The eternal God dwells in community, as Father, Son and Holy Spirit. He created us in his own image to do and be the same, a community of persons who dwell in with him, and each, in eternal love. In the creation account God says, “It is not good for man to be alone.” The woman was formed from the man, thus fully made in God’s image. God’s image has a male and female expression. Therefore the outworking of divine community is God’s highest creative act.
But sin marred this community by breaking the relationship with God and one another. This idea of sin breaking relationship is not nearly as common in the West, as in the East. But it is clearly a biblical understanding. Sin broke relationships and ruined community. Rebuilding broken communities is thus God’s good work in grace and reconciliation. He calls a people through the patriarch Abraham and the rest of this story is the narrative of the entire Bible (Genesis 12:1-3).
Jesus came to bring this work of restoration to fullness in the present age, by forming a beloved community in the image of the Trinity as loving persons.
“The Spirit of the Lord is upon me, because he has anointed me to bring good news to the poor. He has sent me to proclaim release to the captives and recovery of sight to the blind, to proclaim the year of the Lord’s favor” (Luke 4:18-19).
Jesus embodied this very community, and passed it on to his disciples. There is a lovely word in the Hebrew that expresses this work powerfully: hesed. Hesed is the mercy of the Lord. Richard Wineland, an Episcopal priest in Nashville (TN), expresses the importance of this idea in The Anglican Digest (Summer 2018), in an article titled “A Communion of Mercy.” Wineland contends that mercy is beyond all human reason, which means divine mercy boggles the mind. He adds, “It is a quality that was in the short supply in the world in which the nascent church was born.” It is also increasingly in short supply in our modern world.
Popular writer Anne Lamott, in her fine book, Hallelujah, says: “Im not sure I even recognize the ever-presence of mercy anymore, the divine and the human; the messy, crippling, transforming, heartbreaking, lovely, devastating presence of mercy. But I have come to believe that I am starving to death for it, and my world is, too.”
The famous theologian Karl Barth was invited to speak at a conference where the difference between Christianity and other religions was the subject. Barth was asked what was the Christian distinctive from all other religions? He replied, “That’s easy, it’s grace.” God’s hesed, his radical kindness, has been revealed to us in Jesus Christ. We are, as the new community, to go and live this kindness and grace so that together we (as community) will pour ourselves into the lives of the poor, the strangers and the powerless.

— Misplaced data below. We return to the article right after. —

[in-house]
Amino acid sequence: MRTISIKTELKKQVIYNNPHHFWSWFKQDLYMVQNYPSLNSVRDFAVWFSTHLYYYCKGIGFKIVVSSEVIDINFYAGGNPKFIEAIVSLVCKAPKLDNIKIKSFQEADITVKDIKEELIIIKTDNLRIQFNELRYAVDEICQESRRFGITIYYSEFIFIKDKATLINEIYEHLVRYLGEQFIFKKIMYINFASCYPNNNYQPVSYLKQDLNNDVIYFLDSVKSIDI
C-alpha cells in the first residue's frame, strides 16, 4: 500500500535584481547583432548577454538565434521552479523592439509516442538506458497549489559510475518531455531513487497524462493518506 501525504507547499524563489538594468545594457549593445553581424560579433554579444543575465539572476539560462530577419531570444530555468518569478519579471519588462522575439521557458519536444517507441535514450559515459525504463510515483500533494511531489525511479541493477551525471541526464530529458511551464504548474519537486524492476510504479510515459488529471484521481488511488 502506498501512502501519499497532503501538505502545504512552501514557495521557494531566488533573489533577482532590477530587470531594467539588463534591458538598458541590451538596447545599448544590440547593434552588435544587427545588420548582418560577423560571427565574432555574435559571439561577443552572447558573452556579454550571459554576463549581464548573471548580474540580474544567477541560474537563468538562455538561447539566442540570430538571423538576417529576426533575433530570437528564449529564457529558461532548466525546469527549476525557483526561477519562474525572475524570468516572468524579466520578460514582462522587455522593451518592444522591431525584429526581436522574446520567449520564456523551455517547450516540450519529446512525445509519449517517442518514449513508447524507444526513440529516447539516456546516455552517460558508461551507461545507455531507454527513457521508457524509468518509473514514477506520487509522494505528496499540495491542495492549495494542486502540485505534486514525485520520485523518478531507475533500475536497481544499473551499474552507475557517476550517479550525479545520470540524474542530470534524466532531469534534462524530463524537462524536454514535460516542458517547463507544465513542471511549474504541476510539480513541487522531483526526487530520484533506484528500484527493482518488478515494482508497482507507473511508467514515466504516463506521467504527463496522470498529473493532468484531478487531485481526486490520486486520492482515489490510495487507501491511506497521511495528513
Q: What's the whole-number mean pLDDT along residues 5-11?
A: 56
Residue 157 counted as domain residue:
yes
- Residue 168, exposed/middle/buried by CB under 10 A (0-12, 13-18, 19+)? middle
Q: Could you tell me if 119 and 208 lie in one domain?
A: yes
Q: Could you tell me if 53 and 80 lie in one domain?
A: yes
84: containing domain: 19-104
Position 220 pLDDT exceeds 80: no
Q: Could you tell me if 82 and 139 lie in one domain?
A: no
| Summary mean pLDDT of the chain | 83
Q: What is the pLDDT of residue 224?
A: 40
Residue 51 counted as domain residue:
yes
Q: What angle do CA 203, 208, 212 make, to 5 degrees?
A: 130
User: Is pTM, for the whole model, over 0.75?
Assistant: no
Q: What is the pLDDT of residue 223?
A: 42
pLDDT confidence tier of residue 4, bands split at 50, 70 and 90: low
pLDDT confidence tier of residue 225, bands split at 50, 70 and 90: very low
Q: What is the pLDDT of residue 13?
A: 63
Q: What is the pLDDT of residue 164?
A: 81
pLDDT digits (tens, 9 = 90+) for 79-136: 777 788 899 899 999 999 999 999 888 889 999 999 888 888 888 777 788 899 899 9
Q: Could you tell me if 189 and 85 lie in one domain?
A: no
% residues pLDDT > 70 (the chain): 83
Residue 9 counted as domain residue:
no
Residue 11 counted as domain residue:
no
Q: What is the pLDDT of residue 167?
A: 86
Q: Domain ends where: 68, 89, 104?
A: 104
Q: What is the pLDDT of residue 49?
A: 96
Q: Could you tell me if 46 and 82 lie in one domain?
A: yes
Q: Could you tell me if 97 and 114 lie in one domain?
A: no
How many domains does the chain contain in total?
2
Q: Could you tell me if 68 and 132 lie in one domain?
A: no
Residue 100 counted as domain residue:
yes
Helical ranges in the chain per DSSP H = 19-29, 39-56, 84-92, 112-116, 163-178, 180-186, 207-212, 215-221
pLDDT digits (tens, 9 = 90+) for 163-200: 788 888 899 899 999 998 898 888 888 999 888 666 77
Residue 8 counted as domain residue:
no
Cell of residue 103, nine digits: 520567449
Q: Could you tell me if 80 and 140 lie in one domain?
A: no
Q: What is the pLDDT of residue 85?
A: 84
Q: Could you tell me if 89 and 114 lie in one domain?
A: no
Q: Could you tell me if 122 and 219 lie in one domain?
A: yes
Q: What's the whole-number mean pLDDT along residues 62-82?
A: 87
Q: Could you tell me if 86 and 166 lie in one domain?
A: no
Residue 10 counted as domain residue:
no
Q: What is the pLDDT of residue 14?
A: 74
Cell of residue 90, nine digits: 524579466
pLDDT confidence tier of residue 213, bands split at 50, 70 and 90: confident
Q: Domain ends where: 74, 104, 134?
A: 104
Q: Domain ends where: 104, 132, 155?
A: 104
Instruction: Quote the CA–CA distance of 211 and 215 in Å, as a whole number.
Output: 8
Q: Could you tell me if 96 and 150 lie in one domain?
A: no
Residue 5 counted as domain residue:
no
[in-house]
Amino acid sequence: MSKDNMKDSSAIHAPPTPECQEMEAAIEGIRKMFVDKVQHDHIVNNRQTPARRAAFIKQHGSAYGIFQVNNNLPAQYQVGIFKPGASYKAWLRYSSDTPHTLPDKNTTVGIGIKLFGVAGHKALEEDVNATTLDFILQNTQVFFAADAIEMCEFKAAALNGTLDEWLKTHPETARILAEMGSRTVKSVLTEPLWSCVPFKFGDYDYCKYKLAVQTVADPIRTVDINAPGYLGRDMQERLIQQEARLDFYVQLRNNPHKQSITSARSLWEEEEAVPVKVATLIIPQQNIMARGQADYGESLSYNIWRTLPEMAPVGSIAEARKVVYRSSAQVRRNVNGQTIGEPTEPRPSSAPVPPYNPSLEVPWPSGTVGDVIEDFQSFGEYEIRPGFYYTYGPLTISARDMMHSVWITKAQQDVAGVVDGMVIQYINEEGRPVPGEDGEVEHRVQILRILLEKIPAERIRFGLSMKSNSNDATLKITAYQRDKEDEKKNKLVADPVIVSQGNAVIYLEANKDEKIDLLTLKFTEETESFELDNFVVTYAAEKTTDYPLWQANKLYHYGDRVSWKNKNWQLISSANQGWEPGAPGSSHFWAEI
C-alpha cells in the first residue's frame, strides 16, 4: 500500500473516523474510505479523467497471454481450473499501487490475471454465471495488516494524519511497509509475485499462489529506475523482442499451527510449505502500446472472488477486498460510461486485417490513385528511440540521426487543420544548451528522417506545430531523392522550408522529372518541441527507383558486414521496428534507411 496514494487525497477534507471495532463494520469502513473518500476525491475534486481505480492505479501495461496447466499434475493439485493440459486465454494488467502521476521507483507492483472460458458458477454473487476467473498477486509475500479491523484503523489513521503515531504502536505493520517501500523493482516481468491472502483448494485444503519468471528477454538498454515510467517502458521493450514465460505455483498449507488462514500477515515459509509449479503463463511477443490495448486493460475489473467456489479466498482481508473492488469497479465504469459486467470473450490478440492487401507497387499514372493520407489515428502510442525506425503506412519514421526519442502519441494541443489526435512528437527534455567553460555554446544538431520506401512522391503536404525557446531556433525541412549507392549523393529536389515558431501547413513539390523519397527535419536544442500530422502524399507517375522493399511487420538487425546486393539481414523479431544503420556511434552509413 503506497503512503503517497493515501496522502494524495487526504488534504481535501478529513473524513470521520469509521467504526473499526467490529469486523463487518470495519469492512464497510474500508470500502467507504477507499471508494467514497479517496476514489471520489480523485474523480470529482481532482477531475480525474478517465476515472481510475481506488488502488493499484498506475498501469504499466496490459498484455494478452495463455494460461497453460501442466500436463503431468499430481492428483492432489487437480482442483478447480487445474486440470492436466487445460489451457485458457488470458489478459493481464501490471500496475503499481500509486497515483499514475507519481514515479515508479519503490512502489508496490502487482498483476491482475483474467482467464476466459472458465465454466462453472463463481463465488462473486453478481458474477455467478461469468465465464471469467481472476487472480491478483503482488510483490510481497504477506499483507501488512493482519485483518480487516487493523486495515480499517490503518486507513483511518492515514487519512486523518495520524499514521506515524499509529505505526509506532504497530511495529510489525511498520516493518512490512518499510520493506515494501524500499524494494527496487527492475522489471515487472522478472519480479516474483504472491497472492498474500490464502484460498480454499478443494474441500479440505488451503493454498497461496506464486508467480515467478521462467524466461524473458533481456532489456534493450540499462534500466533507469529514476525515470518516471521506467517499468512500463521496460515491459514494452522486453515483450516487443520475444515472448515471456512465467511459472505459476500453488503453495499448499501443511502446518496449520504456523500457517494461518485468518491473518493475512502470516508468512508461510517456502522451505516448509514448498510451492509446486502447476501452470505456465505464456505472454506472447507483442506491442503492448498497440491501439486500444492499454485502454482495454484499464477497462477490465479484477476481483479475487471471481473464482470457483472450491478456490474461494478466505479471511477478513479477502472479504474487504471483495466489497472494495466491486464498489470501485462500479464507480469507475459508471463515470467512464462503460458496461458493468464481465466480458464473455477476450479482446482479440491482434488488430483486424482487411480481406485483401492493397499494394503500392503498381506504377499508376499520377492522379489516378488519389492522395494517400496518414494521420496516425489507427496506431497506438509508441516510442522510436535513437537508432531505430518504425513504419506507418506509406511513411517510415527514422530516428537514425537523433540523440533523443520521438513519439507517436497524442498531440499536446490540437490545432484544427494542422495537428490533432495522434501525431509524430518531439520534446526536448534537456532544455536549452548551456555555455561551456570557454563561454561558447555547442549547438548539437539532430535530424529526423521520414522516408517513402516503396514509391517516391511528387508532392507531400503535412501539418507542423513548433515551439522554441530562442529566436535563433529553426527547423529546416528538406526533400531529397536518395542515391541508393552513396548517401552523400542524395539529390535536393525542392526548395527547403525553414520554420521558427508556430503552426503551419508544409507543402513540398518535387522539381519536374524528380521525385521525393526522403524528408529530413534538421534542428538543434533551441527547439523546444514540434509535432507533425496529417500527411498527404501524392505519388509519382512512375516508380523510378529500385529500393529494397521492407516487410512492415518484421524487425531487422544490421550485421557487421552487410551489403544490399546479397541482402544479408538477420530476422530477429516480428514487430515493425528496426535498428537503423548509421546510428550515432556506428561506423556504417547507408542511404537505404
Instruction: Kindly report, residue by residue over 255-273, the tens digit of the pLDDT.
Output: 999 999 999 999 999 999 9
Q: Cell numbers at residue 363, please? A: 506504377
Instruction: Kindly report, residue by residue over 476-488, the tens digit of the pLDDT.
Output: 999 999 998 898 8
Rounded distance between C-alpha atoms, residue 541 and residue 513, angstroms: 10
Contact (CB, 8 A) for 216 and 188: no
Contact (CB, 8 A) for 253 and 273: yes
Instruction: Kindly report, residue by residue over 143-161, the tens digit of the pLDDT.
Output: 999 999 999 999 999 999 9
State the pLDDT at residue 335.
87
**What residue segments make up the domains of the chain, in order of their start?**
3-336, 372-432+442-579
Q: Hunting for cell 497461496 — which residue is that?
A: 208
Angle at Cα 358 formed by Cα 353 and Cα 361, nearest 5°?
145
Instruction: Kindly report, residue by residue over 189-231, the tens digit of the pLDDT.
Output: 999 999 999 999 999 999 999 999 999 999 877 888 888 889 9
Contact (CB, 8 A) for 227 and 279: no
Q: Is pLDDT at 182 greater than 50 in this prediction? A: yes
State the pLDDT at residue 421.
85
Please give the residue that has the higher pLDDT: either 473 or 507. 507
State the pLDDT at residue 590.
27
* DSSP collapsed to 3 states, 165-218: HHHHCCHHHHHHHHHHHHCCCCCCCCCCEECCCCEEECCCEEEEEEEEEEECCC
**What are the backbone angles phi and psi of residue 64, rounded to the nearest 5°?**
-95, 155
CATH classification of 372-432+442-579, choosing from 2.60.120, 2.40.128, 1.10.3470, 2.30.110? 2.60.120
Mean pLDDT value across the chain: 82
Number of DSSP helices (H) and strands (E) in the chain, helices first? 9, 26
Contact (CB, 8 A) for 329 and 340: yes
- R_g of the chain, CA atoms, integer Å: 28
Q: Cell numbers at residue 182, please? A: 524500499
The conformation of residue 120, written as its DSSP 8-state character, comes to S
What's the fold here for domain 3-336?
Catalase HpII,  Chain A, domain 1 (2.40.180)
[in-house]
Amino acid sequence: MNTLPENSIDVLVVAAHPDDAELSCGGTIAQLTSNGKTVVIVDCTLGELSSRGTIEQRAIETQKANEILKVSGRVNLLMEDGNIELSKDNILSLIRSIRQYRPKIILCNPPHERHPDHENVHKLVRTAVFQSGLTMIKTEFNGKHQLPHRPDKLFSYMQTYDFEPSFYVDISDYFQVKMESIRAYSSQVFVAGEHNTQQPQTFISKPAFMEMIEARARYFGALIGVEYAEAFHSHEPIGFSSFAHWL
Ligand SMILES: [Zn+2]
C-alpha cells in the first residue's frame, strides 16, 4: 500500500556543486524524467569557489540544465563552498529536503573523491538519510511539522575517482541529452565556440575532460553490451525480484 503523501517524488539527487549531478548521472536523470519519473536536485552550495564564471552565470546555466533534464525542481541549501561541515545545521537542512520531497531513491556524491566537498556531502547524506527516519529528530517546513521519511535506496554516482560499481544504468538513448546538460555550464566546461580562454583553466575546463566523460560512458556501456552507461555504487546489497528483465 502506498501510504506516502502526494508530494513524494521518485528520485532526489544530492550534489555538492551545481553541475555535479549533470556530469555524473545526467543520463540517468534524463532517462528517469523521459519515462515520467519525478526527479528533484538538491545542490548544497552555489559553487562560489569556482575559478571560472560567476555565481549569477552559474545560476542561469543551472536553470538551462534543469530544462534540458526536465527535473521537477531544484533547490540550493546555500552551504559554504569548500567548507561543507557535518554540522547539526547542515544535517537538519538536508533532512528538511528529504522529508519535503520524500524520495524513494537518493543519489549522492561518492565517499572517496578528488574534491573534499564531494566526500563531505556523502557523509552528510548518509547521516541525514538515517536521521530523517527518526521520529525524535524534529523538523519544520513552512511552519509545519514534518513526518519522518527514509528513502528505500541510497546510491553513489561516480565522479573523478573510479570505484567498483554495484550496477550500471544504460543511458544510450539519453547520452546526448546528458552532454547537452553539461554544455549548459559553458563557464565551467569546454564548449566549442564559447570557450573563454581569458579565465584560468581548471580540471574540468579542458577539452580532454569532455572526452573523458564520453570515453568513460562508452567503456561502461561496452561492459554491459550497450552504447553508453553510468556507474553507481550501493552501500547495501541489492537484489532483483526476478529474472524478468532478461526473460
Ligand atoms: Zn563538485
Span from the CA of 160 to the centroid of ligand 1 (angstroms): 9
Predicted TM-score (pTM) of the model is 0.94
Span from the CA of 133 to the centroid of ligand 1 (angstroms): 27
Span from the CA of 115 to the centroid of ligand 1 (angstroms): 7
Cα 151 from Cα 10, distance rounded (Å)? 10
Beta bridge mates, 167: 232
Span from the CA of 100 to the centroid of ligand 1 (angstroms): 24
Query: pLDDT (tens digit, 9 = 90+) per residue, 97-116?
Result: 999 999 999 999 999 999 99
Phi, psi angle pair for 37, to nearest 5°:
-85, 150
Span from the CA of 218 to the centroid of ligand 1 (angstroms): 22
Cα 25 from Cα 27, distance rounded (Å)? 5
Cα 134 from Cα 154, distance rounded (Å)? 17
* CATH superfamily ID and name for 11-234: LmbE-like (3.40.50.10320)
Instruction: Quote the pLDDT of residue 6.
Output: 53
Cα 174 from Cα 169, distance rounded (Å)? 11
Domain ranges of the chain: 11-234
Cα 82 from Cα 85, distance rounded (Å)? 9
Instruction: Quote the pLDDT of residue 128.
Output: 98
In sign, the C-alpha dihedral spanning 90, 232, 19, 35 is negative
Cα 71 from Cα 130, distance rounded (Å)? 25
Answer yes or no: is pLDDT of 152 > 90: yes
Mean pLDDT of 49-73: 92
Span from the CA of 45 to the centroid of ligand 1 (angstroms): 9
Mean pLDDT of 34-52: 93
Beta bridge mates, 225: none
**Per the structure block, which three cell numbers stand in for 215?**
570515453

If this understanding is correct then the church should be thought of as the extension of the original dream of God to form a beloved community in personal and life-changing relationships. It is this divine mercy, grace and goodness that is incarnated in Jesus Christ. This is our message, to live and proclaim. When the church moves away from this divine dream it loses heart and soul. The Initiative is both a community and a movement. We believe this loss of the divine dream has created a massive problem across Western secular nations. We further believe that the solution is to recover the reality of beloved community in deep friendship and personal relationships. This vision seems counterintuitive to many, but it is the only vision we find at the very center of God's purpose for this age. Can we recover it in faith, hope and love? We must. And we believe, God helping us, we can.
NOTE: On September 1, 2018, this mission will legally become The Initiative. Please take note of this when giving on and after this date. Further, this ACT3 Weekly email will come to an end in two weeks, August 27. You will need to sign up for mailings from The Initiative at http://eepurl.com/dA5GqH
This Week at ACT3 - August 13-19
- Today I will be in Indianapolis meeting with my friend, Fr. Rick Ginther, the ecumenical officer for the Archdiocese if Indianapolis and Central Indiana. Tomorrow morning I will have breakfast with a long-time ecumenical leader and friend, Richard Hamm. Pray for these visits and my journey home.
- Pray for the seed sown ten days ago when a group of us met with Governor Bruce Rauner to suggest ideas for a commission on non-violence led by faith-based ministries. My passion, along with that of some friends, is to teach and practice non-violence. It works.
- I found out two weeks ago that I need to have a torn rotator cuff repaired surgically. I will have this surgery on October 25 and take four weeks in a sling to recover. Then begins physical therapy but I will be able to travel again after Thanksgiving. Your prayers are appreciated.
- As ACT3 becomes The Initiative over the next three weeks (September 1) we face growing financial concerns as we run out of money if we remain on our current pace. We are praying that our Father provides. Please consider helping us by sending a generous gift to ACT3 at P.O. Box 88216, Carol Stream, IL 60188. You can also give at www.act3network.com.
John H. Armstrong